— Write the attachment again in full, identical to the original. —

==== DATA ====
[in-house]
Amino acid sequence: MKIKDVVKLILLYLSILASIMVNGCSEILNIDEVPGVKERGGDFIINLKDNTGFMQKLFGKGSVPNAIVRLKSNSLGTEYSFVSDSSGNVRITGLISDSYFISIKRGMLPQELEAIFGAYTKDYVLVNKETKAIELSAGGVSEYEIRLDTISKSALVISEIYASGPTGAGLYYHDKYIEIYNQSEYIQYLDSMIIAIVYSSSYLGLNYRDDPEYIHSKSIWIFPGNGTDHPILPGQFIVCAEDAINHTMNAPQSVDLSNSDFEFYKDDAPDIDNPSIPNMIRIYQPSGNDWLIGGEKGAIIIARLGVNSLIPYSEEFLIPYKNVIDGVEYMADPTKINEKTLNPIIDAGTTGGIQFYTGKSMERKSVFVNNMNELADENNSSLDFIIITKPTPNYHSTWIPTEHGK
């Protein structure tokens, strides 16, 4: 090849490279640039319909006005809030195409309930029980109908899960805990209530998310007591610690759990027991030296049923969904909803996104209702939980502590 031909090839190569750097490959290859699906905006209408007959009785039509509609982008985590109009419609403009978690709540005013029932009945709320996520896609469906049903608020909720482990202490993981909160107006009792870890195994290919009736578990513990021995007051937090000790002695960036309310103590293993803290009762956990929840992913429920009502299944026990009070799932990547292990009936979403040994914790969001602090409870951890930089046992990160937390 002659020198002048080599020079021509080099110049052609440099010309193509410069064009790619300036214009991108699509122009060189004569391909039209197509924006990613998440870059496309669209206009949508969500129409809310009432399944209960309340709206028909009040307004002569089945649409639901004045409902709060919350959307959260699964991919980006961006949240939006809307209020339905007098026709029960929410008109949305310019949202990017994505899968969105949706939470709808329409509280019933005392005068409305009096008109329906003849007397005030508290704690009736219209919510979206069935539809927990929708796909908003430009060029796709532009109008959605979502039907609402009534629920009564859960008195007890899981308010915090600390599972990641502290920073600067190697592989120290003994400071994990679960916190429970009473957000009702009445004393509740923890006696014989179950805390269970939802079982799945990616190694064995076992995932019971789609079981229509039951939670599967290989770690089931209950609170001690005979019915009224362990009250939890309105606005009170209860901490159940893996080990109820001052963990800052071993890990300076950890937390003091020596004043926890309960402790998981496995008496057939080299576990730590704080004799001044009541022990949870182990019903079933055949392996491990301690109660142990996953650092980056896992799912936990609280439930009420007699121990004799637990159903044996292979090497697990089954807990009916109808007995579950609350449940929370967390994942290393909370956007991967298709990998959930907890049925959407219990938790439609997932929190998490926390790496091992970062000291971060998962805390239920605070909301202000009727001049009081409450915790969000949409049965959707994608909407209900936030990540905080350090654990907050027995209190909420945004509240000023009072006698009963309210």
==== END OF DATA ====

[in-house]
Amino acid sequence: MKIKDVVKLILLYLSILASIMVNGCSEILNIDEVPGVKERGGDFIINLKDNTGFMQKLFGKGSVPNAIVRLKSNSLGTEYSFVSDSSGNVRITGLISDSYFISIKRGMLPQELEAIFGAYTKDYVLVNKETKAIELSAGGVSEYEIRLDTISKSALVISEIYASGPTGAGLYYHDKYIEIYNQSEYIQYLDSMIIAIVYSSSYLGLNYRDDPEYIHSKSIWIFPGNGTDHPILPGQFIVCAEDAINHTMNAPQSVDLSNSDFEFYKDDAPDIDNPSIPNMIRIYQPSGNDWLIGGEKGAIIIARLGVNSLIPYSEEFLIPYKNVIDGVEYMADPTKINEKTLNPIIDAGTTGGIQFYTGKSMERKSVFVNNMNELADENNSSLDFIIITKPTPNYHSTWIPTEHGK
């Protein structure tokens, strides 16, 4: 090849490279640039319909006005809030195409309930029980109908899960805990209530998310007591610690759990027991030296049923969904909803996104209702939980502590 031909090839190569750097490959290859699906905006209408007959009785039509509609982008985590109009419609403009978690709540005013029932009945709320996520896609469906049903608020909720482990202490993981909160107006009792870890195994290919009736578990513990021995007051937090000790002695960036309310103590293993803290009762956990929840992913429920009502299944026990009070799932990547292990009936979403040994914790969001602090409870951890930089046992990160937390 002659020198002048080599020079021509080099110049052609440099010309193509410069064009790619300036214009991108699509122009060189004569391909039209197509924006990613998440870059496309669209206009949508969500129409809310009432399944209960309340709206028909009040307004002569089945649409639901004045409902709060919350959307959260699964991919980006961006949240939006809307209020339905007098026709029960929410008109949305310019949202990017994505899968969105949706939470709808329409509280019933005392005068409305009096008109329906003849007397005030508290704690009736219209919510979206069935539809927990929708796909908003430009060029796709532009109008959605979502039907609402009534629920009564859960008195007890899981308010915090600390599972990641502290920073600067190697592989120290003994400071994990679960916190429970009473957000009702009445004393509740923890006696014989179950805390269970939802079982799945990616190694064995076992995932019971789609079981229509039951939670599967290989770690089931209950609170001690005979019915009224362990009250939890309105606005009170209860901490159940893996080990109820001052963990800052071993890990300076950890937390003091020596004043926890309960402790998981496995008496057939080299576990730590704080004799001044009541022990949870182990019903079933055949392996491990301690109660142990996953650092980056896992799912936990609280439930009420007699121990004799637990159903044996292979090497697990089954807990009916109808007995579950609350449940929370967390994942290393909370956007991967298709990998959930907890049925959407219990938790439609997932929190998490926390790496091992970062000291971060998962805390239920605070909301202000009727001049009081409450915790969000949409049965959707994608909407209900936030990540905080350090654990907050027995209190909420945004509240000023009072006698009963309210």